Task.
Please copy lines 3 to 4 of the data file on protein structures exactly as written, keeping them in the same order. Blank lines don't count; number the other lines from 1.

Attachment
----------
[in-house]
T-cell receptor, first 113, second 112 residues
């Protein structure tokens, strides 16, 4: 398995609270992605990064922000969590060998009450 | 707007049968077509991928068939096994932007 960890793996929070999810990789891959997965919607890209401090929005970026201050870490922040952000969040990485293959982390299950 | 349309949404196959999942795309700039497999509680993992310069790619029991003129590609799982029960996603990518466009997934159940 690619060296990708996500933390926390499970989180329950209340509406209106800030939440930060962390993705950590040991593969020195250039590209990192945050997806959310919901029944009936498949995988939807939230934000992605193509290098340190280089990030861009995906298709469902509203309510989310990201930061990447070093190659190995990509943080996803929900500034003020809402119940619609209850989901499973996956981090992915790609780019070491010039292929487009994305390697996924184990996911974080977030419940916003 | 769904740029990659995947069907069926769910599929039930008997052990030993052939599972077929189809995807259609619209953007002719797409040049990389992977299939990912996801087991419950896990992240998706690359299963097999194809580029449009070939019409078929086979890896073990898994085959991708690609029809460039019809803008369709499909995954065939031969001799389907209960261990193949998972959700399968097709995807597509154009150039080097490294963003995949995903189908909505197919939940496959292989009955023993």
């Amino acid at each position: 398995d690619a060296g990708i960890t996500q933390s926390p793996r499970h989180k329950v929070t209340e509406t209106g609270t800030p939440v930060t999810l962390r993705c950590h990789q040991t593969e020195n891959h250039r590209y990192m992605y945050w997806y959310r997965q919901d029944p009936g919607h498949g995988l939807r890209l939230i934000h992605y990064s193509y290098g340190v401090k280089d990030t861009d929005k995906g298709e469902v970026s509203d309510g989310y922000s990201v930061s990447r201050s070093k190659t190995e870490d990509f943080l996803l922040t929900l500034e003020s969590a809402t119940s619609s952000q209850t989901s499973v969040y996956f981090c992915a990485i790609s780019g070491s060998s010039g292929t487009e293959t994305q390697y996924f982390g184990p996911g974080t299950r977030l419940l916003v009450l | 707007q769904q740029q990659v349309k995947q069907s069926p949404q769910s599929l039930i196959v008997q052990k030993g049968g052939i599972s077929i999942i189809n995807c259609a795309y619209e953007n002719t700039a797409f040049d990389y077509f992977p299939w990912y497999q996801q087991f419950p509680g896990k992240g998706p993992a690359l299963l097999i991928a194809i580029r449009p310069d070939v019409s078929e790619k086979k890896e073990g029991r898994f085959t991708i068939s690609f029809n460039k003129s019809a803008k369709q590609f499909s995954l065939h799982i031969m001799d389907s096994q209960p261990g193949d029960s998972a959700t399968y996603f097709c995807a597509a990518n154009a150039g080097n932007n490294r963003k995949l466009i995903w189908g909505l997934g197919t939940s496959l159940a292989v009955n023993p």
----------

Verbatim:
């Protein structure tokens, strides 16, 4: 398995609270992605990064922000969590060998009450 | 707007049968077509991928068939096994932007 960890793996929070999810990789891959997965919607890209401090929005970026201050870490922040952000969040990485293959982390299950 | 349309949404196959999942795309700039497999509680993992310069790619029991003129590609799982029960996603990518466009997934159940 690619060296990708996500933390926390499970989180329950209340509406209106800030939440930060962390993705950590040991593969020195250039590209990192945050997806959310919901029944009936498949995988939807939230934000992605193509290098340190280089990030861009995906298709469902509203309510989310990201930061990447070093190659190995990509943080996803929900500034003020809402119940619609209850989901499973996956981090992915790609780019070491010039292929487009994305390697996924184990996911974080977030419940916003 | 769904740029990659995947069907069926769910599929039930008997052990030993052939599972077929189809995807259609619209953007002719797409040049990389992977299939990912996801087991419950896990992240998706690359299963097999194809580029449009070939019409078929086979890896073990898994085959991708690609029809460039019809803008369709499909995954065939031969001799389907209960261990193949998972959700399968097709995807597509154009150039080097490294963003995949995903189908909505197919939940496959292989009955023993």
């Amino acid at each position: 398995d690619a060296g990708i960890t996500q933390s926390p793996r499970h989180k329950v929070t209340e509406t209106g609270t800030p939440v930060t999810l962390r993705c950590h990789q040991t593969e020195n891959h250039r590209y990192m992605y945050w997806y959310r997965q919901d029944p009936g919607h498949g995988l939807r890209l939230i934000h992605y990064s193509y290098g340190v401090k280089d990030t861009d929005k995906g298709e469902v970026s509203d309510g989310y922000s990201v930061s990447r201050s070093k190659t190995e870490d990509f943080l996803l922040t929900l500034e003020s969590a809402t119940s619609s952000q209850t989901s499973v969040y996956f981090c992915a990485i790609s780019g070491s060998s010039g292929t487009e293959t994305q390697y996924f982390g184990p996911g974080t299950r977030l419940l916003v009450l | 707007q769904q740029q990659v349309k995947q069907s069926p949404q769910s599929l039930i196959v008997q052990k030993g049968g052939i599972s077929i999942i189809n995807c259609a795309y619209e953007n002719t700039a797409f040049d990389y077509f992977p299939w990912y497999q996801q087991f419950p509680g896990k992240g998706p993992a690359l299963l097999i991928a194809i580029r449009p310069d070939v019409s078929e790619k086979k890896e073990g029991r898994f085959t991708i068939s690609f029809n460039k003129s019809a803008k369709q590609f499909s995954l065939h799982i031969m001799d389907s096994q209960p261990g193949d029960s998972a959700t399968y996603f097709c995807a597509a990518n154009a150039g080097n932007n490294r963003k995949l466009i995903w189908g909505l997934g197919t939940s496959l159940a292989v009955n023993p």